'WHEN I HAVE A HOUSE OF MY OWN, I SHALL BE MISERABLE IF I HAVE NOT AN EXCELLENT LIBRARY' - JANE AUSTEN.
I have loved, and been obsessed with, Jane Austen since I was thirteen years old and it is all Thomas Hardy’s fault. I attended a school in Dorset and thus Hardy was required reading. In quick succession we had read The Trumpet Major and Jude the Obscure, the latter being really quite unsuitable for twelve year olds. The death and depression of the book was horrifying to me and I did not enjoy it one bit. However, the next reader on the list was Pride and Prejudice.
I remembered watching some of the 1967 version on the BBC and really enjoyed that, so this was the perfect storm that laid the foundations of future obsession. After Jude the Obscure, it was inevitable that I was going to fall for the sparkling wit of Jane Austen, not to mention Mr Darcy! I remember endlessly rereading the line, “You must allow me to tell you how ardently I admire and love you”, but not going on to the rest of the dreadful proposal!
I soon went on to read the other Austen novels and a set of Penguins followed me to college for good company as I studied to become a science teacher. I loved all of the books but it was Pride and Prejudice that held a special place in my heart and I reread it at least once a year - always the same (now quite dog-eared) Penguin edition.
Then I met my husband! Did finding my own Mr Darcy make me stop rereading my favourite novel? Of course it did not! I continued to read my very battered Penguin until one day in 1982 my husband bought me a gift. It was a beautiful, new, illustrated edition by Purnell. It seemed so lovely to me that I did not want to spoil it by reading it. About the same time I found and bought an old biography of Jane Austen by Goldwyn Smith printed in 1892. The die was cast and the beginning of a collection was born!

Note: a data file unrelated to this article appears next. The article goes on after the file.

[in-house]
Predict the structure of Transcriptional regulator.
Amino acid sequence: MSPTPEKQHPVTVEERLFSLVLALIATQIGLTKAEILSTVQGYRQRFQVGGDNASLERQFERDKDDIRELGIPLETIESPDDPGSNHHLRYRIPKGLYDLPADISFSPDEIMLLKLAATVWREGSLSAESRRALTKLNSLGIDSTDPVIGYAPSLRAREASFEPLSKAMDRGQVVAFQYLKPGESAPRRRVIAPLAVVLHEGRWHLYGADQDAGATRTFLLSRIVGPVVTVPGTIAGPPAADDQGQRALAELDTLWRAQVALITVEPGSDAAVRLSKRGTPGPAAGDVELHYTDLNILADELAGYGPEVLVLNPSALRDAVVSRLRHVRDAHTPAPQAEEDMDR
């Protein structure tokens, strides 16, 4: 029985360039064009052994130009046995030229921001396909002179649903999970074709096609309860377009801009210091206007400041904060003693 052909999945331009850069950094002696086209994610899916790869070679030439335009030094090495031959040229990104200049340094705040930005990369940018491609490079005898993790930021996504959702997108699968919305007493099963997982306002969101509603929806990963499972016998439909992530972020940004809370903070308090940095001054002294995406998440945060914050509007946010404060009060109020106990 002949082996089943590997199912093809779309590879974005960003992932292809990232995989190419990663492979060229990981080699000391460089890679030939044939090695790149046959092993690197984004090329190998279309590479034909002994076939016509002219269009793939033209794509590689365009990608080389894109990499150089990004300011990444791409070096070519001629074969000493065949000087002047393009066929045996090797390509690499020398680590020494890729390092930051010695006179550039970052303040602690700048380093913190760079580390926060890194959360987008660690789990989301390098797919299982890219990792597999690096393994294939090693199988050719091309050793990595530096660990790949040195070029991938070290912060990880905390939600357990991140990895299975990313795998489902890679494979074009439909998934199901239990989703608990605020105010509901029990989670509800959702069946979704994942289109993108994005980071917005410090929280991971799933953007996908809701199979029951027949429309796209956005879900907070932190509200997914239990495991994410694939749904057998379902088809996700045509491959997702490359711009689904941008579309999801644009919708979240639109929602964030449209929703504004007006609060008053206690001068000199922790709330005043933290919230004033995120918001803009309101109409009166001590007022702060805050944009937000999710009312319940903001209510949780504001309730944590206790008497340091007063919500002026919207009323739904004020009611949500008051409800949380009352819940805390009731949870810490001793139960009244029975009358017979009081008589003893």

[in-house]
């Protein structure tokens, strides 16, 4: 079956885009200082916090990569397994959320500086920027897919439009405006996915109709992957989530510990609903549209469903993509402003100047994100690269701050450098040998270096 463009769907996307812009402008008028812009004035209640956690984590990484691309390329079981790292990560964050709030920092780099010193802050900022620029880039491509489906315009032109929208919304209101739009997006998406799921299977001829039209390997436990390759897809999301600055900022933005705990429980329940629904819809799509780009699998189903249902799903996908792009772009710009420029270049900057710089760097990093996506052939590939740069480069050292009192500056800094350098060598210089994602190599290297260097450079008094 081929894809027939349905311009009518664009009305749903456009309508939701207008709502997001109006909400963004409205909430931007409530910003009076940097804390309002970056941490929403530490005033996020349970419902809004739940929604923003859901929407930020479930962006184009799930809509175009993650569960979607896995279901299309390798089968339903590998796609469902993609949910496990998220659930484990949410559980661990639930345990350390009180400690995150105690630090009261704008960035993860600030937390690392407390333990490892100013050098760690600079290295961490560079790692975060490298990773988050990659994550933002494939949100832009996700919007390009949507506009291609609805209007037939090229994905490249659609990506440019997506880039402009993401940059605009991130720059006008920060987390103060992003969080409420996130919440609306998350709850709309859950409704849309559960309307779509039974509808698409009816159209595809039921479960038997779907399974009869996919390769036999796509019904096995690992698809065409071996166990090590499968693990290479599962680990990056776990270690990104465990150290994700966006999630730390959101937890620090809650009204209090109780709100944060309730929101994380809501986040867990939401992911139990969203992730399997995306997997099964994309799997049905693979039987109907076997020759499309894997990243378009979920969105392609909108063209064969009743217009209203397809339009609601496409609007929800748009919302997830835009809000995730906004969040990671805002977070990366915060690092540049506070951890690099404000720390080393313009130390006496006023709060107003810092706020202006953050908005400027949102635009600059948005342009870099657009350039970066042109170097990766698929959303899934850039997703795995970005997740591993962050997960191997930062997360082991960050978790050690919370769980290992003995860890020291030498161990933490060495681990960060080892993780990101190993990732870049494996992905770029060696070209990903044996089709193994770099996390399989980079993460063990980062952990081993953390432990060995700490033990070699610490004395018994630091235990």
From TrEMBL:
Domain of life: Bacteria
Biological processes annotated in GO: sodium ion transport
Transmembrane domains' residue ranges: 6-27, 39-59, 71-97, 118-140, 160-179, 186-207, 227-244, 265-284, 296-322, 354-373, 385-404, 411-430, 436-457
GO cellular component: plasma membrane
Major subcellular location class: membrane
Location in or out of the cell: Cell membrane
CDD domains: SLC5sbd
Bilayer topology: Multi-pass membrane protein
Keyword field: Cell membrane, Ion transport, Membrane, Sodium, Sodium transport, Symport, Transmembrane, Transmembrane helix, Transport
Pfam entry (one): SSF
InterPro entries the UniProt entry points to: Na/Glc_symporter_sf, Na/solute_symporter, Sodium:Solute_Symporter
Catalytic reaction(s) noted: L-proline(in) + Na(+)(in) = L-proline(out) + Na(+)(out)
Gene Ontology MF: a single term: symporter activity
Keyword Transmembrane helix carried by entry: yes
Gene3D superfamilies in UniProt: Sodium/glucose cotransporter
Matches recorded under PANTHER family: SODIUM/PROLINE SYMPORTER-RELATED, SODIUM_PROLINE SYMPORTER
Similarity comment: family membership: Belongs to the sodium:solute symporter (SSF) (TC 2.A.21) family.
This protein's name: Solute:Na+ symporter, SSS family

To begin with, I only collected biographies of Jane Austen and hard backed copies of Pride and Prejudice, of which there were many. However my purse did not stretch often to specialist antiquarian book shops so my searches were normally confined to general bookshops and charity shops. Luckily Cambridge has quite a number of charity shops. It soon became apparent that limiting me to the two types of book I was collecting was not very satisfying; book finding trips would often be unsuccessful and eBay did not exist. So I decided to include all of the novels and juvenilia, as well as paperbacks and any history books that mentioned Jane Austen. My book collection gradually grew over the next fifteen years with the addition of posters and programmes from play adaptations. Book cases began springing up all over the house. My greatest acquisition during this time was my “Peacock Edition”. The staff at David’s Bookshop in Cambridge knew me well. I bought books that I could afford and the staff indulged me by unlocking cabinets for me to caress books that were way out of my price range. Then one day, there it was, the green leather cover and gilt Peacock shouting, “Buy me!”. It was £35 but the assistant said I could have it for £20 as I was such a regular customer. You could have knocked me down with a feather (of the peacock variety of course!) He then went on to tell me the history of selling these books when David’s was just a stall in Cambridge Market. The Hugh Thomson illustrated Peacock used to be sold for one shilling (5p) but books illustrated by the Brock brothers were two shillings because they were Cambridge artists!